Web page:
In many parts of the world, older persons often face discrimination, poverty, violence and abuse, as well as lack of specific measures and services on the basis of age. To address the issue of protecting the human rights of older persons, the Open-Ended Working Group on Ageing (OEWG) kicked off its fifth working session in New York from 30 July to 1 August.
The mandate of the working group, given by the General Assembly, is to consider the existing international framework of the human rights of older persons and identify possible gaps and how best to address them, including by considering the feasibility of further instruments and measures. The fifth session of the OEWG featured three panel discussions focusing on the human rights and care of older persons; on violence and abuse against older persons (with a focus on older women and financial abuse); planning for end of life care (with a focus on legal and financial issues); as well discussions on how to strengthen the rights of older persons through enhanced implementation of the Madrid International Plan of Action on Ageing (MIPAA).
Member States shares views
More than 80 Member States attended the fifth session of the OEWG. While all speakers referred to the urgent need to foster the promotion and protection of the rights of older persons, Member States expressed diverging views on how to best go about it.
While all speakers referred to the urgent need to foster the promotion and protection of the rights of older persons, Member States expressed diverging views on how to best go about it.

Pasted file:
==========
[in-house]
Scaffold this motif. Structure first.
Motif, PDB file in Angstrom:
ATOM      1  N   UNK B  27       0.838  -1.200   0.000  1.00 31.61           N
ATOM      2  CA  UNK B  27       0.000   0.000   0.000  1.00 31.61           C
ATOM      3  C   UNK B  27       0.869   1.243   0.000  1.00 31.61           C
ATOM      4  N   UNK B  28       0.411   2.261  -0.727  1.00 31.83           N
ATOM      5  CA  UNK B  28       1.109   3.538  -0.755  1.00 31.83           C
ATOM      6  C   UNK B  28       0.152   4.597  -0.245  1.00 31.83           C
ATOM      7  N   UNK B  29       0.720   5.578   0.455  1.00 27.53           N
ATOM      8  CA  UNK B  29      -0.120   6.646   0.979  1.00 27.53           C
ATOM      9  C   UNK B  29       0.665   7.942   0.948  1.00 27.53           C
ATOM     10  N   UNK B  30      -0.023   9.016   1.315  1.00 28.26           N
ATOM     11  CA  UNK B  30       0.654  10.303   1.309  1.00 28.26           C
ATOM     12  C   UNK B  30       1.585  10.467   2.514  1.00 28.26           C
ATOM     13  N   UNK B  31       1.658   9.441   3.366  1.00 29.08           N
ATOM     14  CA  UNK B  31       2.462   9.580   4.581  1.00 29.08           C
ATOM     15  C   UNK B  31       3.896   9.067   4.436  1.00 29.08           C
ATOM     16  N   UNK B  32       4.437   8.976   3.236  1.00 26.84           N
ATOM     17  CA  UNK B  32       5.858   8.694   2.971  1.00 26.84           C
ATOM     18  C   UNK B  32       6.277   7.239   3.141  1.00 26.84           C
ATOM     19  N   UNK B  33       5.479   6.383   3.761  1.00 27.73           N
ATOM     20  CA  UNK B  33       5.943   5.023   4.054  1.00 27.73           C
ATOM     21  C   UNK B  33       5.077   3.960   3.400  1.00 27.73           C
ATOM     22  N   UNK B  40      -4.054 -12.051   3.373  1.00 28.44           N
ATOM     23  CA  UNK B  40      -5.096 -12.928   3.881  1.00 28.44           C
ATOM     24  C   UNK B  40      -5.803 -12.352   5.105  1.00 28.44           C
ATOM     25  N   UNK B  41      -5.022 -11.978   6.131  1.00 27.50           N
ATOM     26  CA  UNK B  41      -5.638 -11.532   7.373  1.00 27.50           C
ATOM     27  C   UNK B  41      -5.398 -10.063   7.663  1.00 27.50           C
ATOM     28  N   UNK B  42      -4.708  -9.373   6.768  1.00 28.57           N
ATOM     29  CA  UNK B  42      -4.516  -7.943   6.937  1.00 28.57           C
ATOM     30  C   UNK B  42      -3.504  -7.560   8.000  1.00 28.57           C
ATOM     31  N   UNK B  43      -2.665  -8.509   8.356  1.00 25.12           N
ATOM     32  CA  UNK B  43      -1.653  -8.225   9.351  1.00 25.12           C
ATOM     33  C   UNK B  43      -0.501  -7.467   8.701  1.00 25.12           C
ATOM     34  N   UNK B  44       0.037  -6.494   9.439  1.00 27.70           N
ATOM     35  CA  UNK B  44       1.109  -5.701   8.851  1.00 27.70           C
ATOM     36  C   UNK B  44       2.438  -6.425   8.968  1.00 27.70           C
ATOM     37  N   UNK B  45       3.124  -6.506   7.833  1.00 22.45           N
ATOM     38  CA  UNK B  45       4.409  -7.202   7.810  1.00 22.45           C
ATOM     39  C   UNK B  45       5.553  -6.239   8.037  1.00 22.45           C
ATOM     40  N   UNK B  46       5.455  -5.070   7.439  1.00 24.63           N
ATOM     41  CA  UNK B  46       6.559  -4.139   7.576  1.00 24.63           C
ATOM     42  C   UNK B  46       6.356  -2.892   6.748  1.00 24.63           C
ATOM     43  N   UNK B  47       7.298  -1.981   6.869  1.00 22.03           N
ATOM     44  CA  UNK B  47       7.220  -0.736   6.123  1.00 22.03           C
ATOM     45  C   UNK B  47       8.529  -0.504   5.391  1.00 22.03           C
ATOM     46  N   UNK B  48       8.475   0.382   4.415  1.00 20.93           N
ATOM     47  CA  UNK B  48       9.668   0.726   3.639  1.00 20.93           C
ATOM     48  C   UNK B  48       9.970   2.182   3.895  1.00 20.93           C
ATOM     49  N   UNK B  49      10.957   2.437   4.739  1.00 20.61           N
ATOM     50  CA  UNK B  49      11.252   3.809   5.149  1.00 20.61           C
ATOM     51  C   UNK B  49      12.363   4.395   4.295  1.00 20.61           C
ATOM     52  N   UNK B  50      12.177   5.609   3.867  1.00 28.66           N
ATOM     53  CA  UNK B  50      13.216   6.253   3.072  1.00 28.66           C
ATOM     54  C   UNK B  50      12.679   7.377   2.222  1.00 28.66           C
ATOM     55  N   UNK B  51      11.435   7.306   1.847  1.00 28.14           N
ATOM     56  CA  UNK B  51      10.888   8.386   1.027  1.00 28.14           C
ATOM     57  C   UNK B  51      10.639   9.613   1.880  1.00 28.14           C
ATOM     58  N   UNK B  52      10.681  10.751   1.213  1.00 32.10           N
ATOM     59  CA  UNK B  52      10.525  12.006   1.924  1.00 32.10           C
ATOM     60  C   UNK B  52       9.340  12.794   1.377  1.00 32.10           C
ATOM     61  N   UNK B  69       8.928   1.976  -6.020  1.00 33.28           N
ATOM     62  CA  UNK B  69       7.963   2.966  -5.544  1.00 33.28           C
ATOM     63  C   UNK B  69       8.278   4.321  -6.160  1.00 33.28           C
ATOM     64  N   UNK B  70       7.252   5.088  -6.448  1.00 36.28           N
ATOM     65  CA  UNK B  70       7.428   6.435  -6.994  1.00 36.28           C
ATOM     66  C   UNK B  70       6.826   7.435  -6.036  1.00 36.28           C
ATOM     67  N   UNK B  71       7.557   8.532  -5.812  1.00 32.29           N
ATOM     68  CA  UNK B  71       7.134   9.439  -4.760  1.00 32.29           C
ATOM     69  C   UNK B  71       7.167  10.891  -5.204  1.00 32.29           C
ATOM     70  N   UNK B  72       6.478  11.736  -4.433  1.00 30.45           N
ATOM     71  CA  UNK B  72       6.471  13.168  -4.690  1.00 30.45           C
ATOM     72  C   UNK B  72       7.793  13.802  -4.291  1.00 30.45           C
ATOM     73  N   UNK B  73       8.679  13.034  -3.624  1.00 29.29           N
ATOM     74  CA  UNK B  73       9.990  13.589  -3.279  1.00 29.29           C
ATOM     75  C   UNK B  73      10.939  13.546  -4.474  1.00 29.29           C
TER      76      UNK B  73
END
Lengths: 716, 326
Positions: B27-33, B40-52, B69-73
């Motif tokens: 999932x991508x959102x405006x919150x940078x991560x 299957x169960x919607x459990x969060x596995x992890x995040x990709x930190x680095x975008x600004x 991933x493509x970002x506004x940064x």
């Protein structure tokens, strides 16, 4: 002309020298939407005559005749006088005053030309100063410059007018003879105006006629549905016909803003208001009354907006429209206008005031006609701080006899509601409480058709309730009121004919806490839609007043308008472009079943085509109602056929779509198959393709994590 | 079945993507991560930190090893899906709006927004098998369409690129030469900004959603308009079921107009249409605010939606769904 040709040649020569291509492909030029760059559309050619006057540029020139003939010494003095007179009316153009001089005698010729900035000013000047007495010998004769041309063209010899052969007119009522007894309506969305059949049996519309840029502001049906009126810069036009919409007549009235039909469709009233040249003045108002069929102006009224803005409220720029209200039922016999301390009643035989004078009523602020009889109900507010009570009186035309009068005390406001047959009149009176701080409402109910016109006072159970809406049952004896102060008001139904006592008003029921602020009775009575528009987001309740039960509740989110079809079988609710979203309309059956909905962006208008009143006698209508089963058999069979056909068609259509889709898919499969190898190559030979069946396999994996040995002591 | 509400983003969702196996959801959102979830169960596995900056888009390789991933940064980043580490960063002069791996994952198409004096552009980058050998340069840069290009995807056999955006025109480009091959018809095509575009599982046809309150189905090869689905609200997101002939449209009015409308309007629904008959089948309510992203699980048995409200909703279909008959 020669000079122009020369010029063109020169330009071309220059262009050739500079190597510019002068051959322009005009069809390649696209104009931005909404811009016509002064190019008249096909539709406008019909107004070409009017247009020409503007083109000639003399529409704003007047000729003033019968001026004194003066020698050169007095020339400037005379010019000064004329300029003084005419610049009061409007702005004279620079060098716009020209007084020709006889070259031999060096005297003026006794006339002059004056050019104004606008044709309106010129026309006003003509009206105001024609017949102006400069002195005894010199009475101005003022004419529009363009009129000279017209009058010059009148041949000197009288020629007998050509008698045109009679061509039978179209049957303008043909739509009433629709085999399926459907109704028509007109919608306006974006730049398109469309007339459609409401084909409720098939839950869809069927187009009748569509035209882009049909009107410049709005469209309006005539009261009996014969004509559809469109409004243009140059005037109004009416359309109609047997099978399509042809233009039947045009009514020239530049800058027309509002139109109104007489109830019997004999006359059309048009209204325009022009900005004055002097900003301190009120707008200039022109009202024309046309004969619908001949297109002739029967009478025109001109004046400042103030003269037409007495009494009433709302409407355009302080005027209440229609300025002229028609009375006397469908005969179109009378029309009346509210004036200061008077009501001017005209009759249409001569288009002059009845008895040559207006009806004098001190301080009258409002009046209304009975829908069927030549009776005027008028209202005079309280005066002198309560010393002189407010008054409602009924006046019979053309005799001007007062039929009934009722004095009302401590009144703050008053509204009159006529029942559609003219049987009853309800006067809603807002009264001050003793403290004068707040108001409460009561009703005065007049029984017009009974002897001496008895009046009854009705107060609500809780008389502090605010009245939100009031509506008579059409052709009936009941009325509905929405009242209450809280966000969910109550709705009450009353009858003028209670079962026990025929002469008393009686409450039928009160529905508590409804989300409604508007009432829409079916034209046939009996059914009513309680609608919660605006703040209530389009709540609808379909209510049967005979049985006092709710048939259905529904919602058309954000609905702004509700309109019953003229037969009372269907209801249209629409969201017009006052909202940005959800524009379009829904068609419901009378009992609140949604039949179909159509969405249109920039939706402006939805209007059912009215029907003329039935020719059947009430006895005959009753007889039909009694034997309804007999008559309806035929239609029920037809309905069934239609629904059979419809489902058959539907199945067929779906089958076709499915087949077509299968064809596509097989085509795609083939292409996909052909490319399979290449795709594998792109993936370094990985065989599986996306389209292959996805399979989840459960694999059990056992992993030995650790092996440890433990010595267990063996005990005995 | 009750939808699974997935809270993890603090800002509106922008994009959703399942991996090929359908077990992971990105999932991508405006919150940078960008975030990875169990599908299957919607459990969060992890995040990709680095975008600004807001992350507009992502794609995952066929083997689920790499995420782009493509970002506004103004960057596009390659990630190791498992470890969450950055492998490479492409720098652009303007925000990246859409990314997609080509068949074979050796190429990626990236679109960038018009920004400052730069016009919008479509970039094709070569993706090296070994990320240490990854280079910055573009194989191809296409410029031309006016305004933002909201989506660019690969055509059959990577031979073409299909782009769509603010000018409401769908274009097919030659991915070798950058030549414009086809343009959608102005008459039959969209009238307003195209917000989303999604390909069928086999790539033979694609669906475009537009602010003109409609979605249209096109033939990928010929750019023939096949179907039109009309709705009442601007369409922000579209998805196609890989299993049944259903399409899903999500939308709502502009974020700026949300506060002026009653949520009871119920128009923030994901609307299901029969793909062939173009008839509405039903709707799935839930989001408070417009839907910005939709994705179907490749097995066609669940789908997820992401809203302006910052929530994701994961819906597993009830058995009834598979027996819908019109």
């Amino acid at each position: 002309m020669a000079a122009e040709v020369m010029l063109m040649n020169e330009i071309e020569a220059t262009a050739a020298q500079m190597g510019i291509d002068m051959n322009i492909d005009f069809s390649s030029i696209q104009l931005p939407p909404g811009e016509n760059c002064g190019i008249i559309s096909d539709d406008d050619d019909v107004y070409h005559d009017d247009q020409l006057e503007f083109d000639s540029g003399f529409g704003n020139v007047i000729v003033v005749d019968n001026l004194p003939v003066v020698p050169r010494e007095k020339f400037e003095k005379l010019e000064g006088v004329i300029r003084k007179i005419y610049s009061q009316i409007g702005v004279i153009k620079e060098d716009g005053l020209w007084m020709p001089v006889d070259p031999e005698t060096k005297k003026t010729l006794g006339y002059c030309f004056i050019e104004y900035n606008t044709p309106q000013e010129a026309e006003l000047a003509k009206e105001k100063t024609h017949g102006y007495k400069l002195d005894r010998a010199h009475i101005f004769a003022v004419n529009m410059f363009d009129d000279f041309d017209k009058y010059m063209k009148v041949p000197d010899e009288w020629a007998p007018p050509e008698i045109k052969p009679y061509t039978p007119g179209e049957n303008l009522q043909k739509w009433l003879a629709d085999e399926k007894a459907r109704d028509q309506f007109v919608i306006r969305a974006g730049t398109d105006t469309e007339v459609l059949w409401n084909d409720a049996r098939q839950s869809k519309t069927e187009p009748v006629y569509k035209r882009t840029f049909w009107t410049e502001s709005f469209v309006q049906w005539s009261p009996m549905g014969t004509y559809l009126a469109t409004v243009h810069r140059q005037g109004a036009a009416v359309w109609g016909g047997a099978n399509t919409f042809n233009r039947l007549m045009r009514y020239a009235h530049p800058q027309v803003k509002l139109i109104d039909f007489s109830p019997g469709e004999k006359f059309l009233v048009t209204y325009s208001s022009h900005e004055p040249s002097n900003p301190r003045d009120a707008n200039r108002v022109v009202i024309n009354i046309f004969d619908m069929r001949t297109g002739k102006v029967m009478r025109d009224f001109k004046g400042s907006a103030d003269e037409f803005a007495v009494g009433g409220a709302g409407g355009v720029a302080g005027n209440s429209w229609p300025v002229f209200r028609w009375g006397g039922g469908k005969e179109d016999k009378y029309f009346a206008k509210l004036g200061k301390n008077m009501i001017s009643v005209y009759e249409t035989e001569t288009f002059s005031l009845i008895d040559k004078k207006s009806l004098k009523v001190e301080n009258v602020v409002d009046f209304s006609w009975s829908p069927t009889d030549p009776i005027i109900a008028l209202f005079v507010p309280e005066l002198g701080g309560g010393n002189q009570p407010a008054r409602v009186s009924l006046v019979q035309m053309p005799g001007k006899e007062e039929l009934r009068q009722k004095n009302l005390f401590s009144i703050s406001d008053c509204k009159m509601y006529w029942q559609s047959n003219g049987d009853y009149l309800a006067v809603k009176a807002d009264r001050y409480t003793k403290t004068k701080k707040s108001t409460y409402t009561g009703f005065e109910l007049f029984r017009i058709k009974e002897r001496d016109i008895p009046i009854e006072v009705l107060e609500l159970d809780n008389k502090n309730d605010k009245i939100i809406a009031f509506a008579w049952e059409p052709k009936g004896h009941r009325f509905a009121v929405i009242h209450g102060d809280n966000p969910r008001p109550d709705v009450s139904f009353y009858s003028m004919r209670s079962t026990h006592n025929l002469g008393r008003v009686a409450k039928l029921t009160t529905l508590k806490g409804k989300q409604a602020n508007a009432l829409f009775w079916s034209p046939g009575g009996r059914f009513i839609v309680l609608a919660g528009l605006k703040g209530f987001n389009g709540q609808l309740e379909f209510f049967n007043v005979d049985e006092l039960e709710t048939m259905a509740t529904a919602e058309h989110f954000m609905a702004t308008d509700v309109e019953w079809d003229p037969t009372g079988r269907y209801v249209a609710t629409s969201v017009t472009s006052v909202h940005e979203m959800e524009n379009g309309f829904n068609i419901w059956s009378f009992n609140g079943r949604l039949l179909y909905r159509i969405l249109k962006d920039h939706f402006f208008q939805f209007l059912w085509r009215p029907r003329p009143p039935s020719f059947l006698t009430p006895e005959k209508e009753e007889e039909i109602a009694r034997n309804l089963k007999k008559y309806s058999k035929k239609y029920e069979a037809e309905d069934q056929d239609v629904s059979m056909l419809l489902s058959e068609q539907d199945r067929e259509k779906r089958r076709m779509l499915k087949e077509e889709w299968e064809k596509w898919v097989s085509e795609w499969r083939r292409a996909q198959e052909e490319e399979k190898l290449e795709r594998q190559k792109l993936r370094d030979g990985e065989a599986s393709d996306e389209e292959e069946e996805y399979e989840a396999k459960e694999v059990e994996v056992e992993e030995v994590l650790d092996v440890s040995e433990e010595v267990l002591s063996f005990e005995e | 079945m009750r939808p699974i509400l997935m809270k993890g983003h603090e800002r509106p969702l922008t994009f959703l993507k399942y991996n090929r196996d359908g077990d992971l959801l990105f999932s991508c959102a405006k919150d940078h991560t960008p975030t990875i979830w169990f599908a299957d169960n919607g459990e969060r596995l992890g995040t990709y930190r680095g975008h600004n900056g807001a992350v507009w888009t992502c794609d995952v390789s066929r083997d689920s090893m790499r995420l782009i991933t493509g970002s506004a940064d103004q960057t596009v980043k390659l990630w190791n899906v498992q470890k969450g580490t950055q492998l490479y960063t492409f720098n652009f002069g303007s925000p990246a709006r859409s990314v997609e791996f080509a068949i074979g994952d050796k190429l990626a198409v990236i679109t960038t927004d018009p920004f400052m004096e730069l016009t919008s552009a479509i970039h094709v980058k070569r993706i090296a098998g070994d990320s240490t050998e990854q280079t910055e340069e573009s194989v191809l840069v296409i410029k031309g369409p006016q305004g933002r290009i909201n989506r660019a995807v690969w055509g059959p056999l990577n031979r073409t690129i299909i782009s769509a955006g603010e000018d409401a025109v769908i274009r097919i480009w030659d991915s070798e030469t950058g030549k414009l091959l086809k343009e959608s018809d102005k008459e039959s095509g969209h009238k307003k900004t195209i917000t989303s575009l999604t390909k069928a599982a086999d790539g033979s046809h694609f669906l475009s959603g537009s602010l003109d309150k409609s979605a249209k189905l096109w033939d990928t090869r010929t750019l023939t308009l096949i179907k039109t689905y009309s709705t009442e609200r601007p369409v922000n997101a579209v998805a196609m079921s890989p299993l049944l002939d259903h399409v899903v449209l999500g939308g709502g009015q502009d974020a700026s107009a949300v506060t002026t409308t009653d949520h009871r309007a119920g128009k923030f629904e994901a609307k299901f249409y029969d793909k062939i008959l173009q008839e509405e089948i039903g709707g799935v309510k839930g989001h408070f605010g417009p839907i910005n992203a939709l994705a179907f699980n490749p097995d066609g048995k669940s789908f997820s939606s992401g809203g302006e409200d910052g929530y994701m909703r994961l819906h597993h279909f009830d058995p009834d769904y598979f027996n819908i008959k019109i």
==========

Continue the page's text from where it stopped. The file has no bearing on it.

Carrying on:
Some Member States noted that many protection gaps are already being considered in an exhaustive manner under the umbrella of MIPAA, which remains the point of reference. Certain Member States continue to be of the view that there is a need for further implementation and upholding of existing human rights standards and mechanisms at national and regional levels, rather than developing new ones, and that for the time being, they do not see a need for a new international convention for the rights of older persons.
On the other hand, other Member States reiterated their position in support of a new legally binding international convention on the human rights of older persons and called for taking firm steps forward towards elaborating the main elements of such an instrument, while still others emphasized that more time is needed to be able to reach a consensus on the way forward.
Importance of civil society involvement
Around 40 Non-Governmental Organizations (NGOs) attended the fifth session of the OEWG, and engaged in interactive dialogue with delegations and experts in attendance. NGOs noted that while non-binding agreements, such as MIPAA and the UN Principles for Older Persons, provide excellent guidance and inspiration, in reality they are largely ignored by Governments. Most NGOs called for the establishment of a UN Convention on the Rights of Older People. In their view, a Convention would help bridge gaps in the protection of the rights of older people in areas such as elder abuse, dementia, nursing home regulation, protection of the family, employment and pensions, social security and the right to an adequate standard of living and health.
Older Persons and the Post-2015 Agenda
Ms. Rosa Kornfeld-Matte, the Independent Expert on the enjoyment of all human rights by older persons, addressed the OEWG for the first time. She was welcomed by both Member States and NGO representatives who noted that her mandate will bring genuine added value and complement the ongoing work of the OEWG.
Ms. Amina Mohammed, Special Advisor of the Secretary-General on post-2015 development addressed the OEWG and stated that “not addressing the population over 60 means not addressing 20 per cent of the population in the post-2015 agenda.” Ms. Mohammed called for “all hands on deck” and encouraged NGOs to keep advocating and to renew their engagement to contribute to a stronger and more effective post-2015 agenda.